When people talk about Agile teams, the role of a business analyst is rarely mentioned. As the usage of Agile methods grows, business analysts must determine how their function fits into the new strategy and how it differs from previous development processes.
However, it doesn’t mean that business analysis doesn’t occur. On the contrary, for Agile teams to deliver value to customers, it is necessary for the entire team to perform business analysis regularly.
What is the exact role of a business analyst in an Agile team, and why is this specialist one of the keys to success?
Keep reading to find out the basics of an Agile team, the role of a business analyst, and the key functions of this position.
What Is Agile Software Development?
Agile software development is a set of methodologies based on iterative delivery with an active engagement and collaboration of cross-functional, self-organizing teams. The most popular frameworks used are Scrum and Kanban. Scrum is used for projects with well-defined tasks for the Sprint, while Kanban is generally applied for projects with many incoming tasks without a set out of scope.
Agile vs. a Classical Approach: What Is the Difference?
Agile is an iterative approach in which projects are broken into shorter Sprints. Because Agile is more adaptable with changes and developments in specification than the traditional approach, less time is spent on upfront planning and prioritizing.
In addition, applying the iteration approach for releases means that the delivery will be done in much smaller parts, but the result will be visible much faster than in classic projects.
Agile Team Structure
The Agile team is usually made up of people with several roles needed to deliver the product. The main aim of Agile teams is to be cross-functional and provide value to the project. Usually, the Agile team consists of up to nine people.
The three most commonly mentioned roles on an Agile team are product owner, team lead (Scrum master), and developer. Each of these roles has clearly defined responsibilities. Let’s check them out.
The product owner represents the client’s needs, and their job is to clearly outline the customer’s requirements and ensure they are met throughout the Agile project life cycle.
The role of the product owner is to pass on user stories and the product vision to the team. The main responsibility of a product owner is to communicate regularly with the team members, offering guidance on features to include and informing them of what needs to be prioritized.
Team Lead (Scrum Master)
A team lead is in charge of coordinating the team and ensuring that processes are carried out efficiently. The team lead is in charge of organizing incoming requests, managing tasks, monitoring workflows, and hosting meetings. They also make sure the team is adhering to the principles outlined in the Agile manifesto. A team lead is referred to as a Scrum master in Scrum.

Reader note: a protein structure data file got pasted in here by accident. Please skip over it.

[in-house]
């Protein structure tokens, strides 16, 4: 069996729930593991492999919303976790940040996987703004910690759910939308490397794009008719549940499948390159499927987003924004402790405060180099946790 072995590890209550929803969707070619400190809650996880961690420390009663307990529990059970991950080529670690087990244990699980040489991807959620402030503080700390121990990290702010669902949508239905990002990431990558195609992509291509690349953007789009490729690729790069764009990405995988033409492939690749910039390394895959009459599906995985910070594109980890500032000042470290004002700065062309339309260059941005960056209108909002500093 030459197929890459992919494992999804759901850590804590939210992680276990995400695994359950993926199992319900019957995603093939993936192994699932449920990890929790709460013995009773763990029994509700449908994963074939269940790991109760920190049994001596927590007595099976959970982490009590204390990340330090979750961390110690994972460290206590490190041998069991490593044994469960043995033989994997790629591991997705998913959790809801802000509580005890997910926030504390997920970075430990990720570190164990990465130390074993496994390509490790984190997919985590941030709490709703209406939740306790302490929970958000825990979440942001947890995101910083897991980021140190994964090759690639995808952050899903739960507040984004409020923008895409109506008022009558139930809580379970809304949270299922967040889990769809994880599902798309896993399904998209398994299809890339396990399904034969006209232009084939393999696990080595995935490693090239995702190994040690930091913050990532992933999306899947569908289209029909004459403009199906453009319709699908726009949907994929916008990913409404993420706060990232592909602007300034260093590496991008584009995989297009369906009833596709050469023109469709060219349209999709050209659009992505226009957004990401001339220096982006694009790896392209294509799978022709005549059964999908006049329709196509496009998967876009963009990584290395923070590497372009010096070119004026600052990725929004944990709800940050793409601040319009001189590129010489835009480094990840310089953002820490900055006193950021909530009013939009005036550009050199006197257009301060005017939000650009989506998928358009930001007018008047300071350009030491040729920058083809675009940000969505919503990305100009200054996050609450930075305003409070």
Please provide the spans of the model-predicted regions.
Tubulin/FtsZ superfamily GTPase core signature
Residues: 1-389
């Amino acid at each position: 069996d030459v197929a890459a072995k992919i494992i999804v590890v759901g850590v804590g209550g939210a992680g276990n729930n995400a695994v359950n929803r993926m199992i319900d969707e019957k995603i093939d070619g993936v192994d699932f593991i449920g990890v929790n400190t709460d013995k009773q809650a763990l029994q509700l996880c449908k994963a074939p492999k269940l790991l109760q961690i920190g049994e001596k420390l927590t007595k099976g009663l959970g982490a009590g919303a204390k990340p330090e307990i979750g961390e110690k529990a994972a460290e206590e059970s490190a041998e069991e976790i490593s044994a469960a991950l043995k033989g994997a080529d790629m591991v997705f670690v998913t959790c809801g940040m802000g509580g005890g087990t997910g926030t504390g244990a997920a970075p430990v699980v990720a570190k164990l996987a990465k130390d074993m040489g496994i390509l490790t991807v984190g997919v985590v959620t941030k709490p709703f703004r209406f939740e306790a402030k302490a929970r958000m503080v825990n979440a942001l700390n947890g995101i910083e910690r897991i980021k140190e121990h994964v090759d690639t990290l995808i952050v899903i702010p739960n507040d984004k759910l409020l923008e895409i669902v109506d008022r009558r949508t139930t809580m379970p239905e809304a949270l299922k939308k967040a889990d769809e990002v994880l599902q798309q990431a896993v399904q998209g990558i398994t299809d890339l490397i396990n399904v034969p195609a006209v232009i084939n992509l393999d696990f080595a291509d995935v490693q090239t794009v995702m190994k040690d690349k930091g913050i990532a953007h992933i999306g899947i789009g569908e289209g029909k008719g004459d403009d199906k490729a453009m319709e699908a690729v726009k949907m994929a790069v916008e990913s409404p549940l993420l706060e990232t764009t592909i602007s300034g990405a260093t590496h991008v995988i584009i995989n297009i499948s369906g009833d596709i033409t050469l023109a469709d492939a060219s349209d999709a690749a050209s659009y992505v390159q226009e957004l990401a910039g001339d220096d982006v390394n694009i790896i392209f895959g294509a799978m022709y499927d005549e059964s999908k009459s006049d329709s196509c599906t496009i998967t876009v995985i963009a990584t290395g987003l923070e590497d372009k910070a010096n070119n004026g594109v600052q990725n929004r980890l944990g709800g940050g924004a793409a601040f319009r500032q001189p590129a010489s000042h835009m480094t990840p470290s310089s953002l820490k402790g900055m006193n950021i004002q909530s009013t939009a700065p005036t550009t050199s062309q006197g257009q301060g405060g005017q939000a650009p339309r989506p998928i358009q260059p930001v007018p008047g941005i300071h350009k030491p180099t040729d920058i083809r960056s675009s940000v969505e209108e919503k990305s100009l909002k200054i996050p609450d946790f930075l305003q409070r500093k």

Developers are team members that create the software based on user stories communicated by the product owner. Each developer takes responsibility for estimating, planning, and managing their tasks and reporting their progress.
Agile in Outsourcing
The Agile team structure described in the previous section is how the team should look ideally. However, in the real world, the client most often takes the role of the product owner.
Having an Agile-minded development team is a great benefit to the client, as such a team is usually quite flexible and capable of completing the tasks and proposing multiple solution options to solve a problem efficiently and with lower costs.
Now that we covered the structure of an Agile team and the roles of each team member, it’s time to discover the role of a business analyst in an Agile work environment.
What Is an Agile Business Analyst?
An Agile business analyst’s role includes multiple tasks. A business analyst defines the business’s needs and proposes solutions, drives changes, and manages requirements. In addition, the key accountability of Agile business analysts is to support the product owner with decision making. They do this by deep-diving into problems and providing options on ways to progress the product’s evolution.
What Is a Business Analyst’s Role in Agile?
Agile teams tend to function much better with a BA because they write user stories and acceptance criteria.
Here are the most common tasks an Agile business analyst is in charge of:
Defining the scope of the project. By providing well-documented requirements for the project before the development begins, a business analyst helps decrease unexpected costs and the risk of rollback during the development stage.